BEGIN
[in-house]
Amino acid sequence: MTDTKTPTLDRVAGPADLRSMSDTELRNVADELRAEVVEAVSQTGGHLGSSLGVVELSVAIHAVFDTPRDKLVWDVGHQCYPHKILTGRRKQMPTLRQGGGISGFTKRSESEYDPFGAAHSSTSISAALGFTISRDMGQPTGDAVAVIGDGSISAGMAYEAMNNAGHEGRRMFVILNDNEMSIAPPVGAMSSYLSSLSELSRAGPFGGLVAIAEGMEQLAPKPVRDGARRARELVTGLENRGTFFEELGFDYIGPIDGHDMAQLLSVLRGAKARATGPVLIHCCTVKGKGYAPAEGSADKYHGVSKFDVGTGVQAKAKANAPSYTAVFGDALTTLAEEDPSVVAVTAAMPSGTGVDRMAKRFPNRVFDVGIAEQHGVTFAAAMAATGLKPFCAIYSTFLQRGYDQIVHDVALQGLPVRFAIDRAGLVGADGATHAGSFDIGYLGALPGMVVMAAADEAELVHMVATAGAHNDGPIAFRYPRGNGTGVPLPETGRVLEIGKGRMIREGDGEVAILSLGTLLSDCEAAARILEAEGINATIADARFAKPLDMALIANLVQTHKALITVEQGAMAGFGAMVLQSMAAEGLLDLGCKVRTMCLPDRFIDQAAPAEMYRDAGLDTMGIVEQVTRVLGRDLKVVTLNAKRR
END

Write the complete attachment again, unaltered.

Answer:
[in-house]
Amino acid sequence: MTDTKTPTLDRVAGPADLRSMSDTELRNVADELRAEVVEAVSQTGGHLGSSLGVVELSVAIHAVFDTPRDKLVWDVGHQCYPHKILTGRRKQMPTLRQGGGISGFTKRSESEYDPFGAAHSSTSISAALGFTISRDMGQPTGDAVAVIGDGSISAGMAYEAMNNAGHEGRRMFVILNDNEMSIAPPVGAMSSYLSSLSELSRAGPFGGLVAIAEGMEQLAPKPVRDGARRARELVTGLENRGTFFEELGFDYIGPIDGHDMAQLLSVLRGAKARATGPVLIHCCTVKGKGYAPAEGSADKYHGVSKFDVGTGVQAKAKANAPSYTAVFGDALTTLAEEDPSVVAVTAAMPSGTGVDRMAKRFPNRVFDVGIAEQHGVTFAAAMAATGLKPFCAIYSTFLQRGYDQIVHDVALQGLPVRFAIDRAGLVGADGATHAGSFDIGYLGALPGMVVMAAADEAELVHMVATAGAHNDGPIAFRYPRGNGTGVPLPETGRVLEIGKGRMIREGDGEVAILSLGTLLSDCEAAARILEAEGINATIADARFAKPLDMALIANLVQTHKALITVEQGAMAGFGAMVLQSMAAEGLLDLGCKVRTMCLPDRFIDQAAPAEMYRDAGLDTMGIVEQVTRVLGRDLKVVTLNAKRR